2. Carefully shape the mixture into 3 large patties the size of your vegan burger buns, compacting the mixture as you go. Place on a lined tray and refrigerate to firm up, at least 30 minutes.
  3. While the burger patties chill, make the pickled beetroot by adding the beetroots to a pot of water. Bring to a boil, about 20 minutes, until the beetroots are tender. Remove from boiling water and rinse under cold water, before scraping off the skins. Slice the beetroots into thin discs.
  4. Combine the remaining pickling ingredients in a small pot and bring the pickling mixture to a boil. Add the beetroot discs and simmer, 5 minutes, before removing from heat. Chill the beetroot discs in the pickling liquid until needed.
  5. For the vegan cashew mayo, combine all of the ingredients in a blender and blitz until a mayonnaise consistency remains. Season to taste and set aside until needed.
  6. Just before serving, heat a little olive oil in a frying pan over medium heat and fry the burger patties in batches (handle them gently as they are fairly fragile), 5 minutes per side. Add a squeeze of lemon juice to each vegan burger patty.
  7. To assemble the burgers, spread a generous dollop of cashew mayo over the base of each burger bun. Top with lettuce, a burger patty, pickled beetroot discs, carrot ribbons and micro basil leaves before popping the “lid” on the burger and enjoying.

Buckwheat pasta with vegan puttanesca sauce and chargrilled broccolini

Serves 4 EASY 1 hr

THE FLAVOUR COMBINATIONS

PUTTANESCA SAUCE

large glug extra-virgin olive oil + 30ml (2 tbsp) + extra, to fry

2 large garlic cloves, finely chopped

2,5 – 5ml (½ – 1 tsp) chilli flakes

50g capers, roughly chopped

80g pitted black olives, roughly chopped

2 x 400g tins chopped tomatoes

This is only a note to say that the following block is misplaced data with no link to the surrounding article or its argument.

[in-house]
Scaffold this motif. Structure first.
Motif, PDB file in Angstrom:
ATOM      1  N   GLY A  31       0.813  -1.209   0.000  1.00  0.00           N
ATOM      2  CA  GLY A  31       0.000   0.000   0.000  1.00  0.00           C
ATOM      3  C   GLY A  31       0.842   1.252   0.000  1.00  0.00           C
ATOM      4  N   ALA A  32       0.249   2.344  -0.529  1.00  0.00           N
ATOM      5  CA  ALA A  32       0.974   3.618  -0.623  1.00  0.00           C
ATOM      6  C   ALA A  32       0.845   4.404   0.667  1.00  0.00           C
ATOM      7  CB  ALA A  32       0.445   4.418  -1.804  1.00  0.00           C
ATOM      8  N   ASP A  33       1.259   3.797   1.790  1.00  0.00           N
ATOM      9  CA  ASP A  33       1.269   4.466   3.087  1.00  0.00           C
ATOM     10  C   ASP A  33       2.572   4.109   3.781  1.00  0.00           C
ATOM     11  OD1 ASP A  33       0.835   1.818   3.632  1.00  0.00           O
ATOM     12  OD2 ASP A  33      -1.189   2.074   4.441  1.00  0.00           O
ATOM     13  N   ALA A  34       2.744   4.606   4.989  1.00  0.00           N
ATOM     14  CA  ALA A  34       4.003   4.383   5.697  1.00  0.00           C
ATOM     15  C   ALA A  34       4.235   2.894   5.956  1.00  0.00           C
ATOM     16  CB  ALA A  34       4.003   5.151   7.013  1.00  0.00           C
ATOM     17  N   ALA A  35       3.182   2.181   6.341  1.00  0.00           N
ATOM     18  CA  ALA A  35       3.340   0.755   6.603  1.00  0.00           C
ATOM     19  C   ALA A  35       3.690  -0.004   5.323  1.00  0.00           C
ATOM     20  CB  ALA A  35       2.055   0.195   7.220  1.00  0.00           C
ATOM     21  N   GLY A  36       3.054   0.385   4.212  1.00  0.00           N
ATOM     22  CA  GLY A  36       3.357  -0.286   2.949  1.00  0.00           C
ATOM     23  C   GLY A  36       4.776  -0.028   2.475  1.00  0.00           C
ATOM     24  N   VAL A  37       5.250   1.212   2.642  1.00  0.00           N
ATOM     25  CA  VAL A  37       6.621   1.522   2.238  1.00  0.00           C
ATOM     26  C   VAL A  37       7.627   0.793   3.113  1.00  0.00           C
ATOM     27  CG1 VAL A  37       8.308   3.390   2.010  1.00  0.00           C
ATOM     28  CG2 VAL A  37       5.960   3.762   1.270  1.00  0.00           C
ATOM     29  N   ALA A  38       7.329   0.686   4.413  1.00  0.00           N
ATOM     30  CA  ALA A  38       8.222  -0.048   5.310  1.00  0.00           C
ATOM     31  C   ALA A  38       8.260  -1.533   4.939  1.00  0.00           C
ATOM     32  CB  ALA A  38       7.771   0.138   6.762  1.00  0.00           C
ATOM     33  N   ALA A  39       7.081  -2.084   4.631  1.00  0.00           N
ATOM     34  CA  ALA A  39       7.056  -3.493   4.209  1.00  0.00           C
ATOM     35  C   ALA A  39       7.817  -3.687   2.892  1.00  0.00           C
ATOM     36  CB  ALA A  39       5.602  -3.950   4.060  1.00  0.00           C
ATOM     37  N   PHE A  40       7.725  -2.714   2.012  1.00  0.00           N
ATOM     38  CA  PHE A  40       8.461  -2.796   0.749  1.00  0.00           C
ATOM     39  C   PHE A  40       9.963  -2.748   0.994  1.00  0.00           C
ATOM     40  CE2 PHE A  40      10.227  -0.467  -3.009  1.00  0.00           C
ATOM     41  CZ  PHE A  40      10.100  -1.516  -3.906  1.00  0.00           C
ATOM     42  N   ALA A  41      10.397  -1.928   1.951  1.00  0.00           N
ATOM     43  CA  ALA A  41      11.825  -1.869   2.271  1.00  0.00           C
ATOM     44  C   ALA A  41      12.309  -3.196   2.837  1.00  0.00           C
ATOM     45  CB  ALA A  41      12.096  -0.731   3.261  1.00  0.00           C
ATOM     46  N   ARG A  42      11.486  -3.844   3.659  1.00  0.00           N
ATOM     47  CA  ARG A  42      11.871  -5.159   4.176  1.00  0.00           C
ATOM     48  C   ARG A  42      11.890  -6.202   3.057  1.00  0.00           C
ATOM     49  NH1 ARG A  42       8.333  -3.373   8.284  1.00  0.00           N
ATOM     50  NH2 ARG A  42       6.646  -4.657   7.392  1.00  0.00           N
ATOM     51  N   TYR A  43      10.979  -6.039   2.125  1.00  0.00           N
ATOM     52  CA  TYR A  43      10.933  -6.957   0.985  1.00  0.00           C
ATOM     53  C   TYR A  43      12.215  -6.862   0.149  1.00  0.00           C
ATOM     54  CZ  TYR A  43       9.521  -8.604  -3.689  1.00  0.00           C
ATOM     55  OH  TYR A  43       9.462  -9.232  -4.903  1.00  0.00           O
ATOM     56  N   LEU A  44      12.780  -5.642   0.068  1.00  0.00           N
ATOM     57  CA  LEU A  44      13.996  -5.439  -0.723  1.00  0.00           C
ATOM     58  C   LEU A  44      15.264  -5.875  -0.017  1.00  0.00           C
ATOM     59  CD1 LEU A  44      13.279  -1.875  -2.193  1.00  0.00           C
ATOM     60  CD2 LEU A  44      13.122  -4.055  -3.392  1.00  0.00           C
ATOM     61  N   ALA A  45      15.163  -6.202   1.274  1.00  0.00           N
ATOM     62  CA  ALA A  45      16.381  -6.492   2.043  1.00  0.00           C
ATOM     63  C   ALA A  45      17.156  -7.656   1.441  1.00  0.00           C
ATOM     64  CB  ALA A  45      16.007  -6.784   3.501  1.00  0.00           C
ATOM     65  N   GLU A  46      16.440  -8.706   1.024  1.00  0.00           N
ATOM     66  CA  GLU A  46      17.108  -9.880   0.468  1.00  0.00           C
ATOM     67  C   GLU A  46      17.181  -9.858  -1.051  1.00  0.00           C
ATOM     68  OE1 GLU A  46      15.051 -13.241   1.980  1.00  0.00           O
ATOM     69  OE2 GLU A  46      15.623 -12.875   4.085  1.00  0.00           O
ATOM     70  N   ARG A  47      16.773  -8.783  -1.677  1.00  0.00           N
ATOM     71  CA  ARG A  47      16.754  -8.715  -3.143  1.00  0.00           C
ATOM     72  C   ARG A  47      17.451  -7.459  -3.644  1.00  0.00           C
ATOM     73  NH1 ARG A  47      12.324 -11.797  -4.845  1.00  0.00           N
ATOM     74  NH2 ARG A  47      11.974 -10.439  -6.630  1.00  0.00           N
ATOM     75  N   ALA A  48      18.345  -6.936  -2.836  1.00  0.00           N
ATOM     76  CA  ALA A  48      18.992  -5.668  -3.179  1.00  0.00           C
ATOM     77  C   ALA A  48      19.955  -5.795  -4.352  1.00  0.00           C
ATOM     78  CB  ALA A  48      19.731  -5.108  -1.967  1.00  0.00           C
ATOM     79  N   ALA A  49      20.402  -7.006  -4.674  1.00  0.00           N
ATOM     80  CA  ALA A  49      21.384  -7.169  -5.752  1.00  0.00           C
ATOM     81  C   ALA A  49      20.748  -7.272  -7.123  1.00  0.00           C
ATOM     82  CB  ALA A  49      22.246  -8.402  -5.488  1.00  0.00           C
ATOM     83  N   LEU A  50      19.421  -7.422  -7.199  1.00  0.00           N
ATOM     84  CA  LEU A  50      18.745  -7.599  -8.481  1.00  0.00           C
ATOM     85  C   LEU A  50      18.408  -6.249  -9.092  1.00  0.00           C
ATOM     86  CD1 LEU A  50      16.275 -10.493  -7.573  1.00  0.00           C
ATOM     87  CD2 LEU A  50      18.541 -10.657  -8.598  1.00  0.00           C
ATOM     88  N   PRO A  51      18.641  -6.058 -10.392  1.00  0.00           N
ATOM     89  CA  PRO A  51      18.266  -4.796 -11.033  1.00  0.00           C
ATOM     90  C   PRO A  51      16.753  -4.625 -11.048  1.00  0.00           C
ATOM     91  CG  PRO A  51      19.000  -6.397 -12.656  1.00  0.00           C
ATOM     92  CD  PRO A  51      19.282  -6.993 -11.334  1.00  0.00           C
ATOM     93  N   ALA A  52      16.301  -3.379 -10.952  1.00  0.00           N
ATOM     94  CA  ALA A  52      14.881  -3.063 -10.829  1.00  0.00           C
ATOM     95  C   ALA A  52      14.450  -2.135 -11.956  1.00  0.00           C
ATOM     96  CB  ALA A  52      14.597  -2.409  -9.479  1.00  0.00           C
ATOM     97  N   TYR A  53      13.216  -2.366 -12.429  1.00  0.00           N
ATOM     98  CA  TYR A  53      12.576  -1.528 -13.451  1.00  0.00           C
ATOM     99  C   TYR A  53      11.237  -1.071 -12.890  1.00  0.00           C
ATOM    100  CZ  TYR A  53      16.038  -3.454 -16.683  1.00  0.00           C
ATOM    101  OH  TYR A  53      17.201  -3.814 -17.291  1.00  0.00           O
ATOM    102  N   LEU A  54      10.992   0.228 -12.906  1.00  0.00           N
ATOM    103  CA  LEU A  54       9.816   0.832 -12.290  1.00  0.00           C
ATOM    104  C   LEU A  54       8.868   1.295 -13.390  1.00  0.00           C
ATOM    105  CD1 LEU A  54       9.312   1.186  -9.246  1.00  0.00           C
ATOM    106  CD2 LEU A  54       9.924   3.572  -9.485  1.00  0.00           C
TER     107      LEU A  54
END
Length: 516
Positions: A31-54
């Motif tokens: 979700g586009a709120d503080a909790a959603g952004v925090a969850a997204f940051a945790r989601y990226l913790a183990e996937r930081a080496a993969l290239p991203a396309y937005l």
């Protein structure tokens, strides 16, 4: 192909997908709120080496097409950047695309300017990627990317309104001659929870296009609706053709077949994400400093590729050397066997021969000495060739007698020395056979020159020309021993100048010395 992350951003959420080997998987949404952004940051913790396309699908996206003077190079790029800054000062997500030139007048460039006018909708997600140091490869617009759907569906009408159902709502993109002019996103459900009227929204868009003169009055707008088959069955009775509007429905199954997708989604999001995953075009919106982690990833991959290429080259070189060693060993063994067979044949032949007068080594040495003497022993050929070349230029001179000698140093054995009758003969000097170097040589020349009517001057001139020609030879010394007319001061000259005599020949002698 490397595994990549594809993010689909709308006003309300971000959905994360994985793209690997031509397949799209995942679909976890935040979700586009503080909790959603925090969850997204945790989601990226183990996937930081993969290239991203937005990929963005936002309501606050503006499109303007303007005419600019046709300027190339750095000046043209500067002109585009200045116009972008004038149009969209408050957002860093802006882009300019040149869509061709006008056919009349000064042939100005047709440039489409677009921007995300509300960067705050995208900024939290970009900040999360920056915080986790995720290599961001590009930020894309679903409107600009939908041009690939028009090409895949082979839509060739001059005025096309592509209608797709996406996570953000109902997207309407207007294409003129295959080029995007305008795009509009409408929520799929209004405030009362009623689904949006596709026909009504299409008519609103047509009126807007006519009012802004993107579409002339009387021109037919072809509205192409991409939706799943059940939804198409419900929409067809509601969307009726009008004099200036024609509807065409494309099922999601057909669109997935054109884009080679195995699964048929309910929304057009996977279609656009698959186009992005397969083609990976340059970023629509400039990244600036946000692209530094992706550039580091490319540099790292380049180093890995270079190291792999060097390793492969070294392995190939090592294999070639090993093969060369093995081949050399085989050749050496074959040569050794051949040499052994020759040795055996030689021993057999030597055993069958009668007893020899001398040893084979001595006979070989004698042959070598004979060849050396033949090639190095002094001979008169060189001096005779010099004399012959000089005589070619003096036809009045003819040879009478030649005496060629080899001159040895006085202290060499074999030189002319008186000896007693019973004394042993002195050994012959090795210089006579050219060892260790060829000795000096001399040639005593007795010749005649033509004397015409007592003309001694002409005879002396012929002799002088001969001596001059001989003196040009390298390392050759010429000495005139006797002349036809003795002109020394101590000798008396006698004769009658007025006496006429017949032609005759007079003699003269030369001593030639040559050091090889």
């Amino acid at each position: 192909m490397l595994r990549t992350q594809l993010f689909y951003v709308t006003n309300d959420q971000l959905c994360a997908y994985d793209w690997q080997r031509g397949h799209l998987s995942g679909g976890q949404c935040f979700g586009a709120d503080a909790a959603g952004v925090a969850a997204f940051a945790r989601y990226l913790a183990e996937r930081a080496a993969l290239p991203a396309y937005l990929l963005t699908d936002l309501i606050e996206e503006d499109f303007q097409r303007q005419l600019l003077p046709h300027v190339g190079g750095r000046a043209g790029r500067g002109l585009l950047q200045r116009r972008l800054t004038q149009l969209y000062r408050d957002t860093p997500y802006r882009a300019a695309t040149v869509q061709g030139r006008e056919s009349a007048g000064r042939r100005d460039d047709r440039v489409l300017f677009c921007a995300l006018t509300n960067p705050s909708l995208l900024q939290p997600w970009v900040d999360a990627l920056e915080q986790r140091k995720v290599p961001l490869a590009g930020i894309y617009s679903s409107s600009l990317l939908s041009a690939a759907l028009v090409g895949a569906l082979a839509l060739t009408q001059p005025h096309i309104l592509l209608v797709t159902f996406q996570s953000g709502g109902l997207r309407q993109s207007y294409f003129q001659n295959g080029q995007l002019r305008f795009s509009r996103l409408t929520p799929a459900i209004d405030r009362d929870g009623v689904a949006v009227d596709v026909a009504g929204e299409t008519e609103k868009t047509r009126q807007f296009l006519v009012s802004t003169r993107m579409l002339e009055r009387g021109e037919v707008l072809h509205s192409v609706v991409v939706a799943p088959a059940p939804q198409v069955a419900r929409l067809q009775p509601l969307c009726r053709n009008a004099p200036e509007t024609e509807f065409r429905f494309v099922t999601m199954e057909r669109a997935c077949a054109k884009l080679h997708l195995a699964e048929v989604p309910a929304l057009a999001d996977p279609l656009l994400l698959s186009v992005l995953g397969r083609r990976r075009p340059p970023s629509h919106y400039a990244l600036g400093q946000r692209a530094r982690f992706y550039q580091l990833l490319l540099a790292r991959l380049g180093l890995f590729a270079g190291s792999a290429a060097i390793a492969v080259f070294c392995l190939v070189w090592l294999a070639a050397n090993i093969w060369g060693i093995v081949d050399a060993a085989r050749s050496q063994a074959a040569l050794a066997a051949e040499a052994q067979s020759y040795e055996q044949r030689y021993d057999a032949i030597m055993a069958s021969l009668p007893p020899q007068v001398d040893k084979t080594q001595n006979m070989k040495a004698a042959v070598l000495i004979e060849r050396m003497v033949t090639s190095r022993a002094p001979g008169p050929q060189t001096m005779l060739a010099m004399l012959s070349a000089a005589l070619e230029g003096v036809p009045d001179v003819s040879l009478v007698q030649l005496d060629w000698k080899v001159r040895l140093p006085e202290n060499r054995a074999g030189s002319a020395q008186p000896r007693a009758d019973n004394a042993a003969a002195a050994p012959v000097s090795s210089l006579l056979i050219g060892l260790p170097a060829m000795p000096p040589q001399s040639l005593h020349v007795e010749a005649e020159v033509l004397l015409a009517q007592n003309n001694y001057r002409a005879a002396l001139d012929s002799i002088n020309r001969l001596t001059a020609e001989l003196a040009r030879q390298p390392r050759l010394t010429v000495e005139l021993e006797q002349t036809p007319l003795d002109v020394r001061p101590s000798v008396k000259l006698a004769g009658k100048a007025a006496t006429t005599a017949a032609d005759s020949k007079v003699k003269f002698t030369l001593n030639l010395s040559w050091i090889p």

5ml (1 tsp) sugar

salt and freshly ground black pepper, to taste

250g buckwheat spiral pasta

230g broccolini

caperberries, to garnish

HOW TO DO IT

  1. Pour a generous glug extra-virgin olive oil in a heavy-based saucepan, and add the chopped garlic and chilli flakes. Cook over medium heat, a few minutes, until the garlic starts to turn a light golden colour.
  2. Add the capers and olives, stir to combine and fry over medium-high heat, a further 3 minutes. Add the chopped tomatoes, stir and bring to a slow simmer. Season with the sugar, salt and freshly ground black pepper to taste. Simmer, partially covered, about 30 minutes, until the sauce is thick and glossy. Stir in 30ml (2 tbsp) extra-virgin olive oil and keep warm.
  3. Cook the pasta according to packaging instructions.
  4. While the pasta is cooking, heat a little extra-virgin olive oil in a griddle pan and arrange the broccolini in a single layer in the pan. Fry the broccolini until it starts to char (go black) on the cooked side and remove from pan. Repeat these steps with the remaining broccolini.
  5. Drain the pasta and serve it immediately with the sauce, garnished with caperberries, and chargrilled broccolini alongside.

“Pulled pork” shawarmas with vegan tzatziki

Serves 4 – 6 A LITTLE EFFORT 1 hr 30 mins + overnight, to refrigerate (optional)

WHAT YOU NEED

“PULLED PORK”

¼ cup olive oil

1 red onion, peeled and finely chopped

4 garlic cloves, peeled and finely grated

¼ tsp ground cloves

½ tsp ground cinnamon

1 tsp ground cumin

2 tsp dried oregano

2 tbsp tomato paste

¼ cup soya sauce

2 tbsp maple syrup

2 tsp apple cider vinegar

2 x 580g tins jackfruit, drained and torn into pieces (find at faithful-to-nature.co.za)

¼ tsp white pepper

1 tsp chilli powder

VEGAN TZATZIKI

1 Mediterranean cucumber/½ English cucumber

2 tbsp chickpea flour

90ml water

80g raw cashews, soaked in water overnight

2 tbsp lemon juice

handful fresh mint leaves, chopped

1 tbsp olive oil

2 garlic cloves, peeled and minced

¼ tsp white pepper

2 tsp apple cider vinegar

salt, to taste

BEETROOT HUMMUS

1 medium beetroot

1 x 410g tin chickpeas, partially drained

2 garlic cloves, peeled